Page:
They Called Them Angels: American Military Nurses of World War II

By Kathi Jackson | Go to book overview

laughingly watched me lug my barracks bag up the gangplank and pointed in the general direction of midships when I asked for the nurses' quarters. That was a good example of the saying: "The Army does the work, the Navy gets the pay and the Marines get the glory."10

Eugenie Rutkowski, however, had a different experience.

There we were greeted by a military band blasting away marching music. Providing the music was very wise. The music and the rhythm supplied the necessary edge we needed to carry our heavy bags up an incline into the ship. During all this activity the Red Cross ladies hand-fed us bites of donuts and sips of coffee. At departure, watching the Statue of Liberty was a tear-jerker. I remembered my mother and dad telling me of their reaction to seeing the Statue of Liberty on arrival to the U.S. in 1907. I stayed on deck until the only thing in sight was water. 11

Ruth Claff was "thrilled speechless" when she first saw her ship. "We filed from one boat to the other, getting the usual Red Cross doughnuts and coffee in transit. The band and the spectators, the high excitement as we crossed the gangplank! I had heard stories about gangplank fever," she said, "how could anyone get scared at the last minute? It's the thrill of a lifetime!"12


NOTES
1.
Mary Brady Zurney, "Jeannie of the Medicine Show," Unpublished essay, no date, p. 1.
2.
Juanita Hamilton Webster, Unpublished memoirs, no date, p. 6.
3.
Quoted in Col. Julia O. Flikke, Nurses in Action ( New York: Lippincott, 1943), p. 1 49).
4.
Lt. Col. Ruth Frances Shadewaldt, ANC (Ret.) Taped Interview with sister, July 1992.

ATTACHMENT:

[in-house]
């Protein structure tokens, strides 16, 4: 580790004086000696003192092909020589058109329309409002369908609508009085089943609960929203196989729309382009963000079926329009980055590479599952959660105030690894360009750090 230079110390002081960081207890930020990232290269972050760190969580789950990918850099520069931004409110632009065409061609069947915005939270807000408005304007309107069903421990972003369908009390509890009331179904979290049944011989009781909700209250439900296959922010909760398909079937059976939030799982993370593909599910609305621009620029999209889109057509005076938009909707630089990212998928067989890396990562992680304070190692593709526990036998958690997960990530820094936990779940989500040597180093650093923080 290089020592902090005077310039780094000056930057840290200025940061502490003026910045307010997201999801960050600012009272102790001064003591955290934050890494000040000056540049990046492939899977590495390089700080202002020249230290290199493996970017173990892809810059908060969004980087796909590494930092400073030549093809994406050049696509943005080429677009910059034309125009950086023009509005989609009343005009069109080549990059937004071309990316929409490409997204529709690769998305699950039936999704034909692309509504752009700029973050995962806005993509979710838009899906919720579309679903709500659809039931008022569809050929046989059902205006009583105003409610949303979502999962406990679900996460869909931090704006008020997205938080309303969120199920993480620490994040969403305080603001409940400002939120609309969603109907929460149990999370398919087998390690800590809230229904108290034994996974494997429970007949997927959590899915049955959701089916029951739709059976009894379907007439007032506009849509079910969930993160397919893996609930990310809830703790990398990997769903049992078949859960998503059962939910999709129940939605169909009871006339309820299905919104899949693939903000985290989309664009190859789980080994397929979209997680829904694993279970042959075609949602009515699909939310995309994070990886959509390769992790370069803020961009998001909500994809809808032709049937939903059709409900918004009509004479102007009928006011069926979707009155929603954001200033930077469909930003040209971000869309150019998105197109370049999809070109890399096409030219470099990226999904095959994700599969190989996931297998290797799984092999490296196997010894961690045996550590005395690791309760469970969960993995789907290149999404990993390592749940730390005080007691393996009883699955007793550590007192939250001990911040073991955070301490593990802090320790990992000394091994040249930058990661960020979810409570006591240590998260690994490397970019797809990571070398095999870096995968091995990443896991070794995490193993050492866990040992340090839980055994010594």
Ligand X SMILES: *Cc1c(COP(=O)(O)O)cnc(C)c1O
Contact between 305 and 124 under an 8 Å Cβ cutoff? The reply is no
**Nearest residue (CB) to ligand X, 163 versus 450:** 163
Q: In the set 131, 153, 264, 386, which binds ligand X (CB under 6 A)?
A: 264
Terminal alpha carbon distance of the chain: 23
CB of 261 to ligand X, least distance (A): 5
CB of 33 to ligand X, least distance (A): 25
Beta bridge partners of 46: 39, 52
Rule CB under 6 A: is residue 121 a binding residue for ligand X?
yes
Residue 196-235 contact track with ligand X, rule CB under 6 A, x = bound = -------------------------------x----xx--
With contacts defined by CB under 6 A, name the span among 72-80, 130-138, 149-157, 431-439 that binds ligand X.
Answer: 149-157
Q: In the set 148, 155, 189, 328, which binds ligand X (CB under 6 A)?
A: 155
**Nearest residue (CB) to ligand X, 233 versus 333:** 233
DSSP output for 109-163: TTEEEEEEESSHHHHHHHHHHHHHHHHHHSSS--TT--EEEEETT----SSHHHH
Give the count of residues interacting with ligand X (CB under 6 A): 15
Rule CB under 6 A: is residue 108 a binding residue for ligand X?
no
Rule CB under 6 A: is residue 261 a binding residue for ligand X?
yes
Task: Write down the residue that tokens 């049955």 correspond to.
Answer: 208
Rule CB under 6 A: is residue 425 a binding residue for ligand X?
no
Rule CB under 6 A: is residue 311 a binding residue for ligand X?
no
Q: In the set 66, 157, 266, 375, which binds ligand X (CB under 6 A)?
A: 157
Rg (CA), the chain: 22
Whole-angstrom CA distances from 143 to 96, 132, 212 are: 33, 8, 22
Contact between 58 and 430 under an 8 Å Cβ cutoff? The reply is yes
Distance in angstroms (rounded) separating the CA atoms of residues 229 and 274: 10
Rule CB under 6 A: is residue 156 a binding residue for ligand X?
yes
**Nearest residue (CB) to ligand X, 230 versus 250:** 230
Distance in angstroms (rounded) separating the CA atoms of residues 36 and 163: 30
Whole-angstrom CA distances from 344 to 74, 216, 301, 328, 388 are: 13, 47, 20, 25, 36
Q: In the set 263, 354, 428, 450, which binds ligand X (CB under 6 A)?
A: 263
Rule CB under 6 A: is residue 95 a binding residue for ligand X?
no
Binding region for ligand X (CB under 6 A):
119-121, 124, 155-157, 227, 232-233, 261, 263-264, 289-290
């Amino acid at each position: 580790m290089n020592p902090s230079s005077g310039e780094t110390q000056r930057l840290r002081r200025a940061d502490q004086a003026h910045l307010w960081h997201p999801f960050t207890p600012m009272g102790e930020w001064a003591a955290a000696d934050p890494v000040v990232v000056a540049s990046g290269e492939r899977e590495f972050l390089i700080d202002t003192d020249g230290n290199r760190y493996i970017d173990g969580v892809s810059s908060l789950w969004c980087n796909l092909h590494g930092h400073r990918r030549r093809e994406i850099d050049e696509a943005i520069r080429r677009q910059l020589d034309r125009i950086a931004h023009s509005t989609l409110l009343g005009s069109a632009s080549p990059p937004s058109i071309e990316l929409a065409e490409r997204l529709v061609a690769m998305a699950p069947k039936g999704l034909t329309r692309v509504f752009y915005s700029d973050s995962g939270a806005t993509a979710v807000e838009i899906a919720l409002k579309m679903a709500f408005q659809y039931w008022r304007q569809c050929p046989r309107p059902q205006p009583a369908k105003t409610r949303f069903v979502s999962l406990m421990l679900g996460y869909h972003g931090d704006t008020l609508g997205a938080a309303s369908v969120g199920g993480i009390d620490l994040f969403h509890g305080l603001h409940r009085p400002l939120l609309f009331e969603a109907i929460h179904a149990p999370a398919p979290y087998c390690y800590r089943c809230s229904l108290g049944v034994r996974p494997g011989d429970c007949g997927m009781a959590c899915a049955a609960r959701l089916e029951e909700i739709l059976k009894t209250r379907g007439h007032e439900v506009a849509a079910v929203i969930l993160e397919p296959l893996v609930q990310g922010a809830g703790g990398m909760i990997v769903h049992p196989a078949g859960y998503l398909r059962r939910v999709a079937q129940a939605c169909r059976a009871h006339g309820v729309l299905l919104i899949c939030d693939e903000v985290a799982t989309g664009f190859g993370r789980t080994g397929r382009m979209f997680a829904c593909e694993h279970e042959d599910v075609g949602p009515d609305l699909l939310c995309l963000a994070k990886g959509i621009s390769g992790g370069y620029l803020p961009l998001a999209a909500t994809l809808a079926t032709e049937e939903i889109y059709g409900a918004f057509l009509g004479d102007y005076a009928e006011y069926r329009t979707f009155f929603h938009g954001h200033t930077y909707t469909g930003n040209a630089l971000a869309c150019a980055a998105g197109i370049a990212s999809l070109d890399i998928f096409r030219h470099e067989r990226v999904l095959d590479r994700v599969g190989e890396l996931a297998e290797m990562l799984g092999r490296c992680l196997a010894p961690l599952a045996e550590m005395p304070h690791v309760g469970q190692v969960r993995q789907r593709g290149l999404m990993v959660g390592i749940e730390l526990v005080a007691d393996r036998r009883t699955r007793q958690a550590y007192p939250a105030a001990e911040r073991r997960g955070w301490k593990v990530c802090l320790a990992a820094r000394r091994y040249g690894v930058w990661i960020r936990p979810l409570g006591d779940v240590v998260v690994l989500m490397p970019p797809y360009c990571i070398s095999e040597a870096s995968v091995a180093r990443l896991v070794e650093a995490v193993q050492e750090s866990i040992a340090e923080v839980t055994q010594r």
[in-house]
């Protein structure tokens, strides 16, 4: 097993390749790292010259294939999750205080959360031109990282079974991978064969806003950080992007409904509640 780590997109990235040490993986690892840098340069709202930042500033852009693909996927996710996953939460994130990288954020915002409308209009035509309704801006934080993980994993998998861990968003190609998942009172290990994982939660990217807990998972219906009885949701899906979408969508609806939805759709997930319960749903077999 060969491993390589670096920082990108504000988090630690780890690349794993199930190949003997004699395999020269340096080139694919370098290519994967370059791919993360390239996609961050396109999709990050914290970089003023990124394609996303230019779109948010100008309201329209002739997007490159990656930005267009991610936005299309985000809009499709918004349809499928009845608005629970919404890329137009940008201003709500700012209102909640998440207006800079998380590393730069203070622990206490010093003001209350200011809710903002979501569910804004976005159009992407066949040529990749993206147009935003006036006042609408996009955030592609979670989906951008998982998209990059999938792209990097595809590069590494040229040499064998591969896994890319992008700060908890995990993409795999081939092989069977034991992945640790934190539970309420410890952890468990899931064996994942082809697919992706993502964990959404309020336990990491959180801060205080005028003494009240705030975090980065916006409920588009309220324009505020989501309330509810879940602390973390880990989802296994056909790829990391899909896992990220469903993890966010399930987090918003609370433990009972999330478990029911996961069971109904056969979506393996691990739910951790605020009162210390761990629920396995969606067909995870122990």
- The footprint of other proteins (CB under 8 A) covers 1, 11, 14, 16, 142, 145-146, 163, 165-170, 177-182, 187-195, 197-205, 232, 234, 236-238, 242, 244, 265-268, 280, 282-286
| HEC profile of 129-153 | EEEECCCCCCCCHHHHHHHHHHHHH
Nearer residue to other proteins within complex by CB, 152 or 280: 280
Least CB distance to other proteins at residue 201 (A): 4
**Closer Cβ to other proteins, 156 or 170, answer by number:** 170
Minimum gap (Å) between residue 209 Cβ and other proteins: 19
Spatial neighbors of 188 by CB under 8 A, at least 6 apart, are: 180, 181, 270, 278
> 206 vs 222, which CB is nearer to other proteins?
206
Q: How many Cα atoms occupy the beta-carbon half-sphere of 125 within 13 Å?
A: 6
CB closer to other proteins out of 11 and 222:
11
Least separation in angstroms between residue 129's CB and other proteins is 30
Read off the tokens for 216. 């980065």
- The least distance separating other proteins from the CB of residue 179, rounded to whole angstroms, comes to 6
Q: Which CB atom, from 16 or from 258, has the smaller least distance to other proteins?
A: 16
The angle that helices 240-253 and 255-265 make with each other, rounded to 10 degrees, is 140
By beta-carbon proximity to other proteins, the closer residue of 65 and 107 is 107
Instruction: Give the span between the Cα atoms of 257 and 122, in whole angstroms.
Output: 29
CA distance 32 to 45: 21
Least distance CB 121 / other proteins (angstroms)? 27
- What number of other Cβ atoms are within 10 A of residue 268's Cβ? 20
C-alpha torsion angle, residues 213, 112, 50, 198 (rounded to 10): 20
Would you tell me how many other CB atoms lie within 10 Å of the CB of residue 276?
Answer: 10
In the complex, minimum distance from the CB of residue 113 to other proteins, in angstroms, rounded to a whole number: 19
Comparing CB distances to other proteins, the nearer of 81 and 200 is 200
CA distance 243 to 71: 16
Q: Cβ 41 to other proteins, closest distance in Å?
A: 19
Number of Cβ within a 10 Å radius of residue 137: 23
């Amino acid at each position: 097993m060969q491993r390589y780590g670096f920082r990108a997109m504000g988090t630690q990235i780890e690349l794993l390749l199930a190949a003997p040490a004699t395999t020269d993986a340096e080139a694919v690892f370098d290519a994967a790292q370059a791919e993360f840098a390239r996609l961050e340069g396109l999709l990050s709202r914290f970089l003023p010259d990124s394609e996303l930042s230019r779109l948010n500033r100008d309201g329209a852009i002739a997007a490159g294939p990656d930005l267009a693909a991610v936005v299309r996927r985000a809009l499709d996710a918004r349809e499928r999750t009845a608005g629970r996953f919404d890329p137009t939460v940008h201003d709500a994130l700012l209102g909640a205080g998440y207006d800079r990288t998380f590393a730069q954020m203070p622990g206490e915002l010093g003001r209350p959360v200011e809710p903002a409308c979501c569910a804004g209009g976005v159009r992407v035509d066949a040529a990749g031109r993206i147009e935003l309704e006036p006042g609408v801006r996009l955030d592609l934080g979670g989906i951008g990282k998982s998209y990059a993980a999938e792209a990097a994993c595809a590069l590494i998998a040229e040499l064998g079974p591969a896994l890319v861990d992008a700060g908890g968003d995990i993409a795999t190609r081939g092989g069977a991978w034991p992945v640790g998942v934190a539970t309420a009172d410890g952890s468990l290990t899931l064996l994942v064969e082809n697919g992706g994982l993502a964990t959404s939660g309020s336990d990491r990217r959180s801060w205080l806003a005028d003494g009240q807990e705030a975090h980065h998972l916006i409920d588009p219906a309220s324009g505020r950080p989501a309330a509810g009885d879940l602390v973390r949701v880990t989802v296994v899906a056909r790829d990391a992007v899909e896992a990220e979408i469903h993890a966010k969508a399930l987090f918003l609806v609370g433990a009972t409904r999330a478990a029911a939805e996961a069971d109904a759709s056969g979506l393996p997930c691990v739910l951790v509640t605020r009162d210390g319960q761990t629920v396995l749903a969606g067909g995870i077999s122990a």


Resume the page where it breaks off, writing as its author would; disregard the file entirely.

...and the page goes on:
5.
2nd Lt. Bessie Lawrence, ANC, "What to Take Overseas," American Journal of Nursing, March 1944, p. 289.
6.
Alice Lofgren Andrus, "Navy Experiences," Unpublished essay, November 1993, p. 4.
7.
Alice Lofgren Andrus, Interview with author, November 20, 1993.
8.
Capt. Marion E. Thuma, R.N., "Task Forces, ANC," American Journal of Nursing, January 1944, p. 18.
9.
Zurney, "Jeannie of the Medicine Show," p. 1.
10.
Juanita Hamilton Webster, Unpublished memoirs, no date, p. 7.
11.
Eugenie Rutkowski Wilkinson, Letter to daughter, no date.
12.
Ruth Claff, Lady with the Flashlight, Unpublished memoirs, 1947, p. 16.

-21-

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They Called Them Angels: American Military Nurses of World War II
Table of contents

Table of contents

  • Title Page iii
  • Copyright Acknowledgments v
  • Contents ix
  • Preface xi
  • Note xv
  • Introduction xvii
  • Notes xx
  • Chapter 1 Uncle Sam Wants You! 1
  • Notes 6
  • Chapter 2 from Whites to Fatigues 7
  • Notes 15
  • Chapter 3 Following the Troops 17
  • Notes 21
  • Chapter 4 the Pacific Theater 23
  • Notes 47
  • Chapter 5 the Mediterranean Theater 51
  • Notes 62
  • Chapter 6 the European Theater 65
  • Notes 82
  • Appendix 6a: Rain on A Tent in Normandy 85
  • Appendix 6b: China Doll 86
  • Appendix 6c: the Gardelegen Barn 88
  • Appendix 6d: Second Lieutenant Frances Y. Slanger 92
  • Chapter 7 the China-Burma-India Theater 93
  • Notes 97
  • Chapter 8 the United States and Western Atlantic Minor Theaters 99
  • Notes 106
  • Appendix 8a: Nursing in A Stateside Burn Ward 107
  • Chapter 9 Wild Blue Yonder 109
  • Notes 117
  • Appendix 9a: Tales of An Air Force Nurse 119
  • Chapter 10 Life at Sea 121
  • Notes 135
  • Chapter 11 Camaraderie and Romance 139
  • Notes 152
  • Chapter 12 Leaving a Legacy 155
  • Notes 169
  • Appendices 171
  • Notes 182
  • Bibliography 183
  • Index 207
  • About the Author 213
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